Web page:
Here at ACD, we take professional development seriously, encouraging our landscape architecture graduates to work towards obtaining Chartered status with the Landscape Institute and gain the prestigious letters CMLI after their name. The Landscape Institute has developed the “Pathway to Chartership” which typically takes around two years, although this is structured around each candidate. This leads up to a verbal examination which was conducted in either Manchester or London but has now moved online with virtual examinations. The Pathway syllabus covers aspects such as demonstrating professional attitudes, understanding liabilities, developing a knowledge of the legislation covering our work, planning, LVIA, contracts, project management, and many other subjects relevant to the professional practice of landscape architecture.
Candidates are expected to undertake studies and complete self-assessment logs every quarter and to continually reflect on their learning to gain insights into what could be improved upon next time. Each candidate has a mentor, usually within the company, who encourages them to explore topics that crop up in their day-to-day work and tests their understanding.
At ACD, not only do we actively encourage our landscape architects to achieve chartership status but we also have an active involvement in the pathway process too. We have many members of staff providing mentoring roles to pathway candidates, supervisors who oversee both the candidate’s and mentor’s progress, and even a trained examiner. We currently have five candidates at different stages on the Pathway. James recently made a start, seeing a chance to develop his career during the restrictions of lockdown.
“After a year at ACD, I felt it was the right time to develop myself further and start on my P2C. Paula was happy to mentor me through the process. She has helped me move forward by setting questions for me and other members of staff as well as setting up regular meetings and presentations based on but not exclusively around the modules that make up the P2C”.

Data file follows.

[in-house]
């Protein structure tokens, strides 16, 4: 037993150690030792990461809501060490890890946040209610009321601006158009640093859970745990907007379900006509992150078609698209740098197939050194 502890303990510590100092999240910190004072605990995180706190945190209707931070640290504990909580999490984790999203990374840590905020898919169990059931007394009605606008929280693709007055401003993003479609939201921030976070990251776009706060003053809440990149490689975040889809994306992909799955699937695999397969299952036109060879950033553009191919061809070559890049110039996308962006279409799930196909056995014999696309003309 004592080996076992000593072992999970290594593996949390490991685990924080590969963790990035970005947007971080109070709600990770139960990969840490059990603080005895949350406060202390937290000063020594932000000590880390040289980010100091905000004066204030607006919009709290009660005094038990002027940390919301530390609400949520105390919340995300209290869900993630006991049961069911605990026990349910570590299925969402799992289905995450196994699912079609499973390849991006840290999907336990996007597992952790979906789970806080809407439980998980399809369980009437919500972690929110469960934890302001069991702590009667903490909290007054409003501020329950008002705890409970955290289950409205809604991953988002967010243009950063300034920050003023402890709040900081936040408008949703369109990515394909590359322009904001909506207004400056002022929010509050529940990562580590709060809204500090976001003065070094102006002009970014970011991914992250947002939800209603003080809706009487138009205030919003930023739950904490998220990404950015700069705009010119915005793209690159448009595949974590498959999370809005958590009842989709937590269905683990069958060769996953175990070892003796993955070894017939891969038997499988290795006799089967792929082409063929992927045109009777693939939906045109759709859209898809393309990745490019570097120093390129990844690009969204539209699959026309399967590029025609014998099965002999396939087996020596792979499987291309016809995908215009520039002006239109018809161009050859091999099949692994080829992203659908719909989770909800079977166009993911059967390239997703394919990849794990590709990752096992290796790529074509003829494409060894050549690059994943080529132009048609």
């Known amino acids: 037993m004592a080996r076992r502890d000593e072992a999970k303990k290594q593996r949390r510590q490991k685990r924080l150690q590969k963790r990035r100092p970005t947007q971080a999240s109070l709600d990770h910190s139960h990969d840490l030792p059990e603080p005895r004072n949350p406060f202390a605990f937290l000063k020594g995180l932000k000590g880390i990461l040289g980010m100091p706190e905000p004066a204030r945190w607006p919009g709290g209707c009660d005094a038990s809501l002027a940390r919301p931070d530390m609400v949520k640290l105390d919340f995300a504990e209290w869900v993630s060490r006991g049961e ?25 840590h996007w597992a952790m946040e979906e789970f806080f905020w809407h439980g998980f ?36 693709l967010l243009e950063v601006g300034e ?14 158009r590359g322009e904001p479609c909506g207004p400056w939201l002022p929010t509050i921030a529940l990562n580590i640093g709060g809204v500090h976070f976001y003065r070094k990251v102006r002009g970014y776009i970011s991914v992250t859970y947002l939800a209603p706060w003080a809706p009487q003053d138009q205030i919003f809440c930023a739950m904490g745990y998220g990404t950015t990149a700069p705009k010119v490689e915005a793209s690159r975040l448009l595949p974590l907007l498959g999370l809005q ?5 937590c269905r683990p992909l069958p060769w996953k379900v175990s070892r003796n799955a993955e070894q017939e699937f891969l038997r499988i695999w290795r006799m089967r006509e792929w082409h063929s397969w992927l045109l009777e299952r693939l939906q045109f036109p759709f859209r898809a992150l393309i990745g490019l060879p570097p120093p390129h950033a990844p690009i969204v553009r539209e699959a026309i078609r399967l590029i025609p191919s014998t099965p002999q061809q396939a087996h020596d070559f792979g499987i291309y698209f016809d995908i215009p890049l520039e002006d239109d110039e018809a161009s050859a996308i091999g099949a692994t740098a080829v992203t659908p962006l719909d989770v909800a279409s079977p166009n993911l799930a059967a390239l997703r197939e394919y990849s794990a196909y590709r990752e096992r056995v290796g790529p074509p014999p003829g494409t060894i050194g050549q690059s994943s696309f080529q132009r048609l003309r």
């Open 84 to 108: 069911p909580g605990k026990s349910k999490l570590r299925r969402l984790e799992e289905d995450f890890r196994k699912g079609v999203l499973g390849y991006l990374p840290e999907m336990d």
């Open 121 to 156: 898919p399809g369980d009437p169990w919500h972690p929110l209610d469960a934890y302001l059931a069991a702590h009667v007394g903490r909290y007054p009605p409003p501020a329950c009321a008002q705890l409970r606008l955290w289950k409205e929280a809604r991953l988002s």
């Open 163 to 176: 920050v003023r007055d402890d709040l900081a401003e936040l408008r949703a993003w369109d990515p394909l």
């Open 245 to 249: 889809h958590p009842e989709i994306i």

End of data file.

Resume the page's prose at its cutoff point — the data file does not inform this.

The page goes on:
“Though doing this through lockdown has been challenging, the use of video calls/online meetings have helped greatly and also offer the ability to have group discussions which let us bounce ideas off each other as well break down subjects which help with an understanding of the material that needs to be absorbed to progress along P2C”.
“It’s great to have a supportive team from all the offices and all professions within the company, who help me understand more specialist subjects that are linked to our profession (e.g. Arboriculture and Ecology), even though I am working from home at the moment they are only a phone call away and always seem happy to help”.
As the candidates develop their skills and knowledge, they are better able to assist our clients and contribute more to the business – we wish them all good luck with their studies.